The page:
November 17, 2018

Why Women Are Marginalized in Horror

“He’s coming. Hide. No, not there. Oh god. No. No! *Fade to black* “What’s happening? WHAT’S HAPPENING?! IS SHE DEAD? DID HE KILL HER?” I hear my boyfriend sigh. This is how I watch horror movies, with my hands mostly over my eyes. I watch through my fingers, obscuring all the scary parts. It’s like being a prisoner, nose to the bars of my cell. I miss a lot, or sometimes nothing at all. Sometimes I’m not fast enough. Like with Hereditary, that moment provoking a collective gasp from the entire theatre, or, more recently, with “The Haunting of Hill House,” where ghosts drop into the scene with the phantom grace of house spiders. I jump and scream and laugh, but as sure as this is the sense of injustice — I know that at night I will have to keep my light on, check under my bed, shut the doors until they click. I know that every shadow, every sound, every movement will terrorize me. But even though I know this, I will do it again and again and again. This torture, I will welcome it.

There is no genre I enjoy more than horror even though, as a woman, it seems that I shouldn’t. There’s Don’t Breathe, in which an old blind man who started out as the victim actually ends up trying to artificially inseminate the young woman who burgled him; It Follows, in which a young woman is haunted by the sentient STD her boyfriend gave her; The Innkeepers, in which a young woman is trapped in a cellar with the ghost of an ancient bride who was jilted by her groom; Drag Me to Hell, in which a young woman who refuses an old woman a loan ends up cursed, her face gnawed by a toothless demon. These are the horror movies in the past 10 years that I have been unable to get out of my mind, that I have loved — despite the nightmares — four movies about young women who are tormented, none of them written or directed by women. What does that say about me? What does that say about horror?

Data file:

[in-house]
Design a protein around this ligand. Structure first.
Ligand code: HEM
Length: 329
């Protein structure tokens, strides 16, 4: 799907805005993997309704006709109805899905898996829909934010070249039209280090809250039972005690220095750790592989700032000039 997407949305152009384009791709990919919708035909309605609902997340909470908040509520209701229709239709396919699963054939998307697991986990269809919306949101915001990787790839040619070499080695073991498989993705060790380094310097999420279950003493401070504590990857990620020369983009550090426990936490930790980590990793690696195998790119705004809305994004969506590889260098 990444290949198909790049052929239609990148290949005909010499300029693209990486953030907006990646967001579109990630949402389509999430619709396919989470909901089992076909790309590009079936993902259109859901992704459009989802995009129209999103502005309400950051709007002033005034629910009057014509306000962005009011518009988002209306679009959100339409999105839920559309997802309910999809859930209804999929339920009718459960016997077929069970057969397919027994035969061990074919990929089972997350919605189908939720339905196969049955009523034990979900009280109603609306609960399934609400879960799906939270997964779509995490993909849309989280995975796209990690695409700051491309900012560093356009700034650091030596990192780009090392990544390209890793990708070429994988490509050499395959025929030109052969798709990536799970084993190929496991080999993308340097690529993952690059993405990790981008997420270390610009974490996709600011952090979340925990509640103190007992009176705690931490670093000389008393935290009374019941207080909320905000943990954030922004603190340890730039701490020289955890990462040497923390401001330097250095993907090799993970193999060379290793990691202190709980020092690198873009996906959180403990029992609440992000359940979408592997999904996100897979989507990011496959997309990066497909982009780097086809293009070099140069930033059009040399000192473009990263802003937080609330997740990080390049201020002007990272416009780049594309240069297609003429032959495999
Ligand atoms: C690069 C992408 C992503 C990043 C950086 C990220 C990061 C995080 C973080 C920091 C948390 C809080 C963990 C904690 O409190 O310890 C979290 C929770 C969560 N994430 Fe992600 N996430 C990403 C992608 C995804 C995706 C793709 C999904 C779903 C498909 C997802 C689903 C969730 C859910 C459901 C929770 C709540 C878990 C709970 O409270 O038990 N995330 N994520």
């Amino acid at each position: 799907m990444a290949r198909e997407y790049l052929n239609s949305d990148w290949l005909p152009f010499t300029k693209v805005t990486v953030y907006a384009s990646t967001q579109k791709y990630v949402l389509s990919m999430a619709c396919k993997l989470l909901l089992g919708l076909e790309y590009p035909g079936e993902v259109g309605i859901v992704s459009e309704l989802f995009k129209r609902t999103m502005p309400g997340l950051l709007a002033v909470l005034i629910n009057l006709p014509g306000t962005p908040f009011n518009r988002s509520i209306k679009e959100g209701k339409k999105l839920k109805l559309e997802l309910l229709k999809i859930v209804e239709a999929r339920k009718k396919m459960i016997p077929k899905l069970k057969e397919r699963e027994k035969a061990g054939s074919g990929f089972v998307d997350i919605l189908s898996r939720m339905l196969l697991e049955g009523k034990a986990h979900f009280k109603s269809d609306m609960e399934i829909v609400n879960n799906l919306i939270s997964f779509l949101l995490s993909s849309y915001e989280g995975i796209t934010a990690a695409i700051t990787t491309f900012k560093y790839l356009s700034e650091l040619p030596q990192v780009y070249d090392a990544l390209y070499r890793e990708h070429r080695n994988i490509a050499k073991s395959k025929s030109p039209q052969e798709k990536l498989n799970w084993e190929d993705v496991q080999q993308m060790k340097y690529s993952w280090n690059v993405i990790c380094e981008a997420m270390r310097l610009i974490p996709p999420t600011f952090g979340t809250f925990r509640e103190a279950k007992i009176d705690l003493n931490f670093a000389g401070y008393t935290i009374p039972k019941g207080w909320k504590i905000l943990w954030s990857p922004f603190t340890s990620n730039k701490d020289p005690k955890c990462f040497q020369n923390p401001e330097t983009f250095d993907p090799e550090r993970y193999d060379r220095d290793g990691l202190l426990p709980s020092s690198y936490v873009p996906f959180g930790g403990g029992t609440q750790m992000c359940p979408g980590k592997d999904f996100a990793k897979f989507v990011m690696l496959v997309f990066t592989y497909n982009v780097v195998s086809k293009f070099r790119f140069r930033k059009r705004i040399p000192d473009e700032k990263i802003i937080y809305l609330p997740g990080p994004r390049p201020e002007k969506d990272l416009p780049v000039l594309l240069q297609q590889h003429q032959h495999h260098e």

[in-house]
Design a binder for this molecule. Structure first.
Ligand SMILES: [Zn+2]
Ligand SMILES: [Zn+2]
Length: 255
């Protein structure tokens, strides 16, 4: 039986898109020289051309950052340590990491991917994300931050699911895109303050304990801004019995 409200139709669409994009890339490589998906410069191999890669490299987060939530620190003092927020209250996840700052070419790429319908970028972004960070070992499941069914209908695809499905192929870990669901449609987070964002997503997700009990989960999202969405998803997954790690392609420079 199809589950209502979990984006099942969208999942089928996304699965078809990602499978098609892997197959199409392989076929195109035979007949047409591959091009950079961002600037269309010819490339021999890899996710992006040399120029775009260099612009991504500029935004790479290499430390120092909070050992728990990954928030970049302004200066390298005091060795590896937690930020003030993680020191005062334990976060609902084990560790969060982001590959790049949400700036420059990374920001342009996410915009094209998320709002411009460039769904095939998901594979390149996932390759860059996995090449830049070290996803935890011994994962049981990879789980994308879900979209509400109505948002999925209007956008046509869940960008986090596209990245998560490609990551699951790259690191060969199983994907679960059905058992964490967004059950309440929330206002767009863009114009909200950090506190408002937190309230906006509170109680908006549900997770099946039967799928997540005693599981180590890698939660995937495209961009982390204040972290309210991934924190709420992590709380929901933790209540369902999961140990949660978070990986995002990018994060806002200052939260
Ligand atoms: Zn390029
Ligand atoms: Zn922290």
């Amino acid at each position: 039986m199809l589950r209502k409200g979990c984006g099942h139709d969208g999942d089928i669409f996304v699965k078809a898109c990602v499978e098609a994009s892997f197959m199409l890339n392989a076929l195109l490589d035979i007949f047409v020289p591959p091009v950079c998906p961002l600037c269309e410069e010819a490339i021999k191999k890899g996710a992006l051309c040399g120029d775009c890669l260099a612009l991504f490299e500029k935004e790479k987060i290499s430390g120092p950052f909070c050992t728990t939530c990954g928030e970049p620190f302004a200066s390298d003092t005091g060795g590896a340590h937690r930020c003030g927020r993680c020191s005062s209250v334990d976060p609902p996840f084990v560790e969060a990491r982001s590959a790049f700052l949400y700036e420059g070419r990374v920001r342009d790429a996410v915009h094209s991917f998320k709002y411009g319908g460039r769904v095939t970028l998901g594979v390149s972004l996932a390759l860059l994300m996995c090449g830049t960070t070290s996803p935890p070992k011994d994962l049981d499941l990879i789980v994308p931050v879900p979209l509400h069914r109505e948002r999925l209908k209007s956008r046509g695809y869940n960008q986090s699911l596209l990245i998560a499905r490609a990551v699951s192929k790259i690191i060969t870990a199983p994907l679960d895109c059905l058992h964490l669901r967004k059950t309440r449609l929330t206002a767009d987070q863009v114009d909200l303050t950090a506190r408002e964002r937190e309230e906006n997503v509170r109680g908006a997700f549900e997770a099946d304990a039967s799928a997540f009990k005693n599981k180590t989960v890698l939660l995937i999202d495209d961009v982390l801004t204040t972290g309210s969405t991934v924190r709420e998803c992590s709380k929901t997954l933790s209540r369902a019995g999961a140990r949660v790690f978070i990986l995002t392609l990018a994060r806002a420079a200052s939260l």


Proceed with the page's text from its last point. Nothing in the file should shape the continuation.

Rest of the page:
* * *

In 1992, the year Tony Todd’s Candyman stalked Virginia Madsen’s grad student, the seminal book on women in horror shed some blood of its own. Carol J. Clover’s Men, Women, and Chain Saws: Gender in the Modern Horror Film had been written after a sudden rush of low-budget horror movies, starting in the mid-70s, which newly revolved around young women; specifically, young women whose perspective became that of the audience. Cinemagoers of both genders thus became female prey fleeing male predators. “Taken together, these films offer variant imaginings of what it is, or might be, like to be a woman,” Clover wrote, “to menstruate and be pregnant, to be vulnerable and endure male violence, to be sexually violated.””

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